Bannon predicts that the downfall of Trump and Co. will be the revelations of Russian financial input into the campaign: “It goes through Deutsche Bank and all the Kushner shit. The Kushner shit is greasy. They [Mueller’s team] are going to go right through that.”
Wolff may big up his story, but here he is working with facts rather than fiction. Bannon has not denied any of his statements. He has only, under pressure from his billionaire backers the Mercer family, rowed back that “treasonous” and “unpatriotic” refer only to Manafort, who is already under indictment on financial, tax, and lobbying charges related to the Trump-Russia investigation.
What’s more, Wolff says he has audio tape of some of Bannon’s choice declarations, including at a Manhattan dinner in conversation with former political strategist and Fox News head Roger Ailes — a dinner hosted by Wolff. And in a chaotic, often dysfunctional White House, Wolff was able to get access to many staff who, at the least, gave him fodder for his presentation.
Trump’s New Clothes
Wolff’s book is only the latest Emperor’s New Clothes moment in which someone dares to say that Donald Trump is pretending to be a responsible leader. Trump’s extent of expertise on months of failure to repeal ObamaCare is “Nobody knew health care could be so complicated”. His grasp of economics is that he invented the term “priming the pump” (apparently time travelling to the 1930s to advise John Maynard Keynes). His response to the devastating hurricane in Puerto Rico has been to throw paper towels to a crowd and proclaim, “We have done a great job with the almost impossible situation”, when half the island is without power more than three months later.
All of which begs the question, “If Donald Trump is mentally unfit, why are so many people willing him to remain as President?” The answer — in Wolff’s book, but also in many accounts long before this — is that Trump is valuable, no matter how unstable and un-genius he may be, if he is a vehicle for someone else’s ambitions.
The Bannon-Ailes dinner is a telling microcosm. Ailes asks about Trump and the hard-right agenda that Bannon is pushing, “Does he get it?” Bannon’s assurance: “He gets it. Or he gets what he gets.” Ailes advises, “I wouldn’t give Donald too much to think about,” but Bannon shrugs about the limits of the man he is promoting, “Too much, too little — doesn’t necessarily change things.”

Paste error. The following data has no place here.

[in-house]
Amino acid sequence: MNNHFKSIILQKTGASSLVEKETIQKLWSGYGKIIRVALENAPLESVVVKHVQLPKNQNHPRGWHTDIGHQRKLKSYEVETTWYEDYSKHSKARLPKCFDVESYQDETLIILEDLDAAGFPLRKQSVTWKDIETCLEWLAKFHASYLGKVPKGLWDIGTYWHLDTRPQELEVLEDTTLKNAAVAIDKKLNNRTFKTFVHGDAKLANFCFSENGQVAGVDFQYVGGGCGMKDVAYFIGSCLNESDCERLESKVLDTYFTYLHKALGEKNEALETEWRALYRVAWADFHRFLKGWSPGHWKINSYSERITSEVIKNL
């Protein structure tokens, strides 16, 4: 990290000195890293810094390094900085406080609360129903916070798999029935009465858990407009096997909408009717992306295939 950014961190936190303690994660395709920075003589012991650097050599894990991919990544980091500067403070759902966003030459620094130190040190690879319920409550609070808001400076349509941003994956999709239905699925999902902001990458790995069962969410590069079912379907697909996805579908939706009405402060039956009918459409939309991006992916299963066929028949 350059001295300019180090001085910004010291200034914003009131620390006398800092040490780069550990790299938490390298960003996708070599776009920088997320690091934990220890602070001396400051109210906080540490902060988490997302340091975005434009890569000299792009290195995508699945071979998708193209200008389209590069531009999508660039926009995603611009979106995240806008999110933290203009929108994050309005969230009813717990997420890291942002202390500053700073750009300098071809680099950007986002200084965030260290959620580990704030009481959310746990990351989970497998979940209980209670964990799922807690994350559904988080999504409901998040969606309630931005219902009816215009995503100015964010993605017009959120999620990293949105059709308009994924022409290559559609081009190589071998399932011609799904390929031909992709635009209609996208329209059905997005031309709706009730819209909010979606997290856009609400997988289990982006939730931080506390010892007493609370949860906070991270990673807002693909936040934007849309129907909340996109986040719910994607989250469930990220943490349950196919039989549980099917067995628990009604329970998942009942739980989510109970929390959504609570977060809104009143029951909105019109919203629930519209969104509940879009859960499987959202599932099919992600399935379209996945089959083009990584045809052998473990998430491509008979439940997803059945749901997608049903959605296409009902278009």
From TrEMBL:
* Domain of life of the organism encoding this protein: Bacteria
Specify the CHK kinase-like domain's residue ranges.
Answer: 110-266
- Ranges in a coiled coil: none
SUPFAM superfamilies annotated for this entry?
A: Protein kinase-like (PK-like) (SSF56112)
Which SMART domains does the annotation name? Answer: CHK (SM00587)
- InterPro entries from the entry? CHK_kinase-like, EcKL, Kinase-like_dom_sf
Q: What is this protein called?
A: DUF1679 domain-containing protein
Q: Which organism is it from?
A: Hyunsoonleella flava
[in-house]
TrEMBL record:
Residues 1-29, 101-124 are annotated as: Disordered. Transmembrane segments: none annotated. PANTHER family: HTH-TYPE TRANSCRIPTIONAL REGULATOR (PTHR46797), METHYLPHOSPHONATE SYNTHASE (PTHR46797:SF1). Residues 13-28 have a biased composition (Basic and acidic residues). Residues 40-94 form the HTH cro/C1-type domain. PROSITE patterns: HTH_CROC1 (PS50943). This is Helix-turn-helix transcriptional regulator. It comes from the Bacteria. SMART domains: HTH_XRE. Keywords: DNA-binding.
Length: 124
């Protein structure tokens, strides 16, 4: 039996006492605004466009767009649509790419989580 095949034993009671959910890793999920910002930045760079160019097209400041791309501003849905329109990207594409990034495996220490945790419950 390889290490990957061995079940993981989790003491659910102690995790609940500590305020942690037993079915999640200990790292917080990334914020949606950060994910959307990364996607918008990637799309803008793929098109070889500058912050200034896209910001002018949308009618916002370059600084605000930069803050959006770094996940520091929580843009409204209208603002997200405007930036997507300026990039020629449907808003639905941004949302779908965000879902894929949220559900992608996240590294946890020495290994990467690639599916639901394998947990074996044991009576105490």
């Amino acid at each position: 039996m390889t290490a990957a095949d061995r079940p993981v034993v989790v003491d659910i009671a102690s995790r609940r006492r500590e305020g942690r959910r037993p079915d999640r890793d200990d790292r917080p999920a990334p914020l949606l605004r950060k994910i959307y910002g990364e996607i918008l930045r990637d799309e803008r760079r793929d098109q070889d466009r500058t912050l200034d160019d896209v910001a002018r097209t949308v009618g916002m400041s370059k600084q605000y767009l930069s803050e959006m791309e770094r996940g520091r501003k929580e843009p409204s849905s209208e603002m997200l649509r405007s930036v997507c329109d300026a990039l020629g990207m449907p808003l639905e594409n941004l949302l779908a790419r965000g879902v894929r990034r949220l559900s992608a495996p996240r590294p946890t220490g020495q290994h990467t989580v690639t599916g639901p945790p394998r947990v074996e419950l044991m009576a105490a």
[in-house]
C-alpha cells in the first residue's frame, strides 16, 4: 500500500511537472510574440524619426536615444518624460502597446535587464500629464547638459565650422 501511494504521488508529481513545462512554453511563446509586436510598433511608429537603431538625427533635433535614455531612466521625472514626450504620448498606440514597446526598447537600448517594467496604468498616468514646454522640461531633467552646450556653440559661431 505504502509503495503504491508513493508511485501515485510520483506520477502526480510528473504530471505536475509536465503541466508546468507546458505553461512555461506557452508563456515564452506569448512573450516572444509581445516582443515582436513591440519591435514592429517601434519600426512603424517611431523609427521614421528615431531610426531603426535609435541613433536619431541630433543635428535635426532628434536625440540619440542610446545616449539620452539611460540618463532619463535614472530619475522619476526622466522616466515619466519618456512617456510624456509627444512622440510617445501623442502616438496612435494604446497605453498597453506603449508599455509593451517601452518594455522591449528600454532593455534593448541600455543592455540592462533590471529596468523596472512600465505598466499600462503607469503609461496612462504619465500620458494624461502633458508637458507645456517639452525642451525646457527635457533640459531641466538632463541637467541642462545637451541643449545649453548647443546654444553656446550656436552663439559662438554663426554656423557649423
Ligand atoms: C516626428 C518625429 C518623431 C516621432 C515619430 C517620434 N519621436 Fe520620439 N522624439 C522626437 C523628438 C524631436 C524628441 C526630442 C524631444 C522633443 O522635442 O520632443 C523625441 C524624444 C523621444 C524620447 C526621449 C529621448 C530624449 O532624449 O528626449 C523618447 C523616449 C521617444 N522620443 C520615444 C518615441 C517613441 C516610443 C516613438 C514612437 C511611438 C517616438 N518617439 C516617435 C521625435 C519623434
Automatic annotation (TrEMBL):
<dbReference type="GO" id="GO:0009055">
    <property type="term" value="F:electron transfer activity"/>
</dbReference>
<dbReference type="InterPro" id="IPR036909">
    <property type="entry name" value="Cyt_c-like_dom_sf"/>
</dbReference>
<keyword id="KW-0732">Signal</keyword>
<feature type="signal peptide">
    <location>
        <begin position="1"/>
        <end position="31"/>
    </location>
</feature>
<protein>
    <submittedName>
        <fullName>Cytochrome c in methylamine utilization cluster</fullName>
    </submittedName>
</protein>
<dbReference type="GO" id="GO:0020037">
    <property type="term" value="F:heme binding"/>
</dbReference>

Donald Trump, who saved his career after six bankruptcies by playing a businessman on reality TV, now plays Chief Executive so industries can get rollback of regulations. He holds rallies as white supremacists proclaim their moment has come: as David Duke, former KKK Grand Wizard, explained at the Charlottesville march in August, “We are going to fulfil the promises of Donald Trump. That’s what we believed in.” Trump is a brazen, foul-tweeting figurehead so GOP legislators can finally push a $1.5 trillion tax giveaway.
As long as Trump serves that purpose, it does not matter how many conflicts of interest he has, how many women he has sexually harassed. It does not matter how many memoranda or Constitutional clauses he does not read or understand. It does not matter, within still undefined limits, how many Russians he and his inner circle met and assisted.
The Wolff episode may mark the moment when Trump’s purpose has come to an end. But probably not. There is still a long-delayed budget to be passed, with services to be slashed but a tax cut to be protected. There are still some Obama-era regulations to be gutted, and possibly Supreme Court justices to be named.
The purpose will likely be extinguished when Special Counsel Mueller completes the case establishing how Trump, at the least, obstructed justice in his flailing attempts to make the Trump-Russia inquiry go away. That could be soon: with Manafort indicted and former National Security Advisor Michael Flynn convicted, the next target is Kushner and from there it’s only one run on the ladder to Trump.
Or it could be months. Until then, it is Emperor’s New Clothes again and again, after Wolff has made his money and his headlines, after Bannon has been punished for overstepping in his own campaign, after a new social media outrage takes off.
On Sunday night, the 45th President of the US took his place along Roosevelt’s New Deal, Kennedy’s Peace Corps, and Reagan’s Volunteer Action Awards with his own contribution to a better America:
The Fake News Awards, those going to the most corrupt & biased of the Mainstream Media, will be presented to the losers on Wednesday, January 17th, rather than this coming Monday. The interest in, and importance of, these awards is far greater than anyone could have anticipated!
— Donald J. Trump (@realDonaldTrump) January 7, 2018